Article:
Could you imagine being unjustly labeled by the media? That's what happened in 1989, when five African-American teens were wrongly accused and convicted of raping a Caucasian woman who was jogging in the park. The media labeled them the "Central Park 5."

After they were exonerated in 2002, the men eventually received a $41 million settlement, according to New York Daily News (NYDN).

In 2016, the State of New York made another payment to the Central Park five. NYDN says the amount was $3.9 million and disbursed as follows:

  • Raymond Santana - $500,000
  • Antron McCray - $600,000
  • Yusef Salaam - $650,000
  • Kevin Richardson - $650,000
  • and Korey Wise - $1,5000,000.

Reportedly, Wise spent nearly double the time in prison than the other four men. Nevertheless, Jonathan Moore has been the Central Park five's attorney regarding both settlements.

He says that, while people think it's a lot of money, it's pales in comparison to what these men have endured.

They were wrongfully convicted of a heinous crime and did time they weren't ever supposed to experience. The Central Park five's lawyer says there's no amount of money that could compensate the men, adequately. Reportedly, the CP5 were initially seeking $52 million in the first settlement against the State.

However, under New York's wrongful conviction [VIDEO] statute, they would've had to prove their innocence had the case gone to trial.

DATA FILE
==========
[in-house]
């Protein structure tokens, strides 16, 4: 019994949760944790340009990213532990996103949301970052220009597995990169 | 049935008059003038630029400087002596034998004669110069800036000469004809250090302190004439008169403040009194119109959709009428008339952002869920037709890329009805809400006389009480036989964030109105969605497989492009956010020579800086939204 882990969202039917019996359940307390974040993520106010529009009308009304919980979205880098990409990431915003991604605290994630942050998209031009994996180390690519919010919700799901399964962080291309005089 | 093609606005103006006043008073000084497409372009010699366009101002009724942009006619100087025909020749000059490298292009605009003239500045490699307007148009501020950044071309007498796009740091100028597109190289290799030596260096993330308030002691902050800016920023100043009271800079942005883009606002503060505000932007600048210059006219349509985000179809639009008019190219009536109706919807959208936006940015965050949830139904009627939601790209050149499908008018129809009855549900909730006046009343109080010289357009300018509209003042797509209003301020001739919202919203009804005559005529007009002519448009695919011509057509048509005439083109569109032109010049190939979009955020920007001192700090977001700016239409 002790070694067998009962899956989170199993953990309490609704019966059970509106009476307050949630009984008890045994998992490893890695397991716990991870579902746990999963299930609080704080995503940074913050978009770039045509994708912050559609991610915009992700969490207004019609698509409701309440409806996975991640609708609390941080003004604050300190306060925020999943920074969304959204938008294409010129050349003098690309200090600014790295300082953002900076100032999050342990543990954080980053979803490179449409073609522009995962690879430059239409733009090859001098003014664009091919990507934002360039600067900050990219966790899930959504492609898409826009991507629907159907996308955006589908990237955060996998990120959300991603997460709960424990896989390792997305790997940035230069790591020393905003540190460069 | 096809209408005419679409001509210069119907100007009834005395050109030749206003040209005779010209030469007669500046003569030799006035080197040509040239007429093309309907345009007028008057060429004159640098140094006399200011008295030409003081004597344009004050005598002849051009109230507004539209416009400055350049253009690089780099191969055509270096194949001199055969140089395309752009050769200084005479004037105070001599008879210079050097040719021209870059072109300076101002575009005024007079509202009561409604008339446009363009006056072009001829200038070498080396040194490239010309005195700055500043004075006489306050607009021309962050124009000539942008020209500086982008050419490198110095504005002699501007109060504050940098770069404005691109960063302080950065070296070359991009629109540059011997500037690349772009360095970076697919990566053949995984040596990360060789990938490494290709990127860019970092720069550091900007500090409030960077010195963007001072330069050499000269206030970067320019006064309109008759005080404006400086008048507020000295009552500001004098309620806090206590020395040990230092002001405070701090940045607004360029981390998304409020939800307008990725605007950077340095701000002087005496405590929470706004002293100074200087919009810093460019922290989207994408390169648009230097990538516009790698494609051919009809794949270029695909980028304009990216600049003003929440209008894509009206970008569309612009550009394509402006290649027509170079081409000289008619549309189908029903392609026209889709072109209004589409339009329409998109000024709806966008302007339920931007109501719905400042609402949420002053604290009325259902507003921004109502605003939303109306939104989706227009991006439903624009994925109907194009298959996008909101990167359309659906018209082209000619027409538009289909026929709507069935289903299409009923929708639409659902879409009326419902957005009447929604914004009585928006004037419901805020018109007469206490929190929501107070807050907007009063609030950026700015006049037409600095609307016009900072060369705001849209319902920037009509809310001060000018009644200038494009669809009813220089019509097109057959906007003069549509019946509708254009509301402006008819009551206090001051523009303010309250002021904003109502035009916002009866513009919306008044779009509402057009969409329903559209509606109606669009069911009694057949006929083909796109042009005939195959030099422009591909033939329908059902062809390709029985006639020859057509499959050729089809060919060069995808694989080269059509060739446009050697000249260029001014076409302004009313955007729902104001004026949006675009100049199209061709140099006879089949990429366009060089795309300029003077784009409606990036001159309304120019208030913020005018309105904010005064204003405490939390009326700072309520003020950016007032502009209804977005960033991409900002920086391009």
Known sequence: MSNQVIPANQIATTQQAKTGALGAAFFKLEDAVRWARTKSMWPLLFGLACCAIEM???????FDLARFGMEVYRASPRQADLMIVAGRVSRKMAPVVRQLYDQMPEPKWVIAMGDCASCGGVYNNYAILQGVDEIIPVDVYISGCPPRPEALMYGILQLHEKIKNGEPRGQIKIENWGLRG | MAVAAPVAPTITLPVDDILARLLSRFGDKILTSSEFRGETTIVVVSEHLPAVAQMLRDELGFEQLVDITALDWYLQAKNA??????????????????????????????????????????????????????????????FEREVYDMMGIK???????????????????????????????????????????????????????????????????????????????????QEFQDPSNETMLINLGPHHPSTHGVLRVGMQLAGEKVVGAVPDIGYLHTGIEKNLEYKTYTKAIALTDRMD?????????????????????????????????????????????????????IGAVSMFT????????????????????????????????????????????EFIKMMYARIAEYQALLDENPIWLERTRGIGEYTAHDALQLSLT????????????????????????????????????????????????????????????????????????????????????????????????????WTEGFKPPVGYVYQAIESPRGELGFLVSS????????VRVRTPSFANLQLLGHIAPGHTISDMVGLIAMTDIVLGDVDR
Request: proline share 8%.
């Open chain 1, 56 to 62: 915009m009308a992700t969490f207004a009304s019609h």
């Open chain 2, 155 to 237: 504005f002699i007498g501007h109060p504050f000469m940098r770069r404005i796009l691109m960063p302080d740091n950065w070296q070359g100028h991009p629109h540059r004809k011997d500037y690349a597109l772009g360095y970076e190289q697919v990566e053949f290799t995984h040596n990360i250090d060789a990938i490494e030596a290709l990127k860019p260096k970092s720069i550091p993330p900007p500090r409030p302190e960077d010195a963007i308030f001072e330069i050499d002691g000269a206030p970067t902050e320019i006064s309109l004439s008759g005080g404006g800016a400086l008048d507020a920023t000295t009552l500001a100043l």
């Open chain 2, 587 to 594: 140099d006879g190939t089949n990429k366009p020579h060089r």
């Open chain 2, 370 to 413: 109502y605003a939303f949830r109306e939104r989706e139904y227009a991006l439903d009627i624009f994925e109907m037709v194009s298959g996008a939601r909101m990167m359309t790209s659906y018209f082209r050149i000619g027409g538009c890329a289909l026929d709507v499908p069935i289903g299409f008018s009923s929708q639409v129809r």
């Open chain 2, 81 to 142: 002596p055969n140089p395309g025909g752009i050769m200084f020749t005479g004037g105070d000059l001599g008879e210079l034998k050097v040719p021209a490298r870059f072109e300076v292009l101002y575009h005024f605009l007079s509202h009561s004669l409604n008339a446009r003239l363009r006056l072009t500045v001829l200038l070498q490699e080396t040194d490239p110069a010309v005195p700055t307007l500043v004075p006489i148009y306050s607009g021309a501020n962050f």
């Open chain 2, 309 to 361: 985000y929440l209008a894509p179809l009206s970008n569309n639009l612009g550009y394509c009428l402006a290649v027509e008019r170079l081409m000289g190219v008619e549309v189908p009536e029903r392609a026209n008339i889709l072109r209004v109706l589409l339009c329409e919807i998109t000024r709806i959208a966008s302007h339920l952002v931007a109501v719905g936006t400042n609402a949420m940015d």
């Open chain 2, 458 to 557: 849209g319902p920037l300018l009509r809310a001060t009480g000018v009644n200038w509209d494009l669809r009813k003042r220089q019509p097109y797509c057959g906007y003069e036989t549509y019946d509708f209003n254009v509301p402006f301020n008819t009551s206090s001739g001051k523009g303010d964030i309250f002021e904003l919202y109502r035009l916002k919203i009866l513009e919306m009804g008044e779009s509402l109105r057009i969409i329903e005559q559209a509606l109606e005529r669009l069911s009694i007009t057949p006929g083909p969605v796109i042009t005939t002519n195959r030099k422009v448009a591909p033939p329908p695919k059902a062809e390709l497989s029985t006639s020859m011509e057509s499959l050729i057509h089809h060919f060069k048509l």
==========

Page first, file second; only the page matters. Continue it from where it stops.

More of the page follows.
According to him, they've struggled every day since 1989 and are still struggling with the results of the wrongful conviction. The attorney says that Antron McCray wakes up in fear someone's going to take him away, every day. Likewise, Kevin Richardson relives the pain he endured in prison, every day. Each one of the Central Park five are dealing with their traumas differently.

'Central Park five': The real attacker admits crime

New York Daily News reports that the men were exonerated once Matias Reyes, the man who actually raped the Caucasian jogger, admitted to his crime against the woman. DNA evidence corroborated his admission. According to Michael B. Jordan, the men never changed their stories during the entire length of their sentences. If you know anything about lies, they tend to change over time, especially if the person telling the lie can't exactly remember what they previously said.

In an ILOSM report, the CP5 recently were awarded the Roger Baldwin Courage Award from the ACLU, concerning this situation. Yusef Salaam mentions that he thanks Ava DuVernay for helping vindicate their names with the Netflix miniseries "When They See Us." He says they've had to struggle to break the label given to them by the media in 1989. "We stumbled forward, falling on our face at times," Salaam says.

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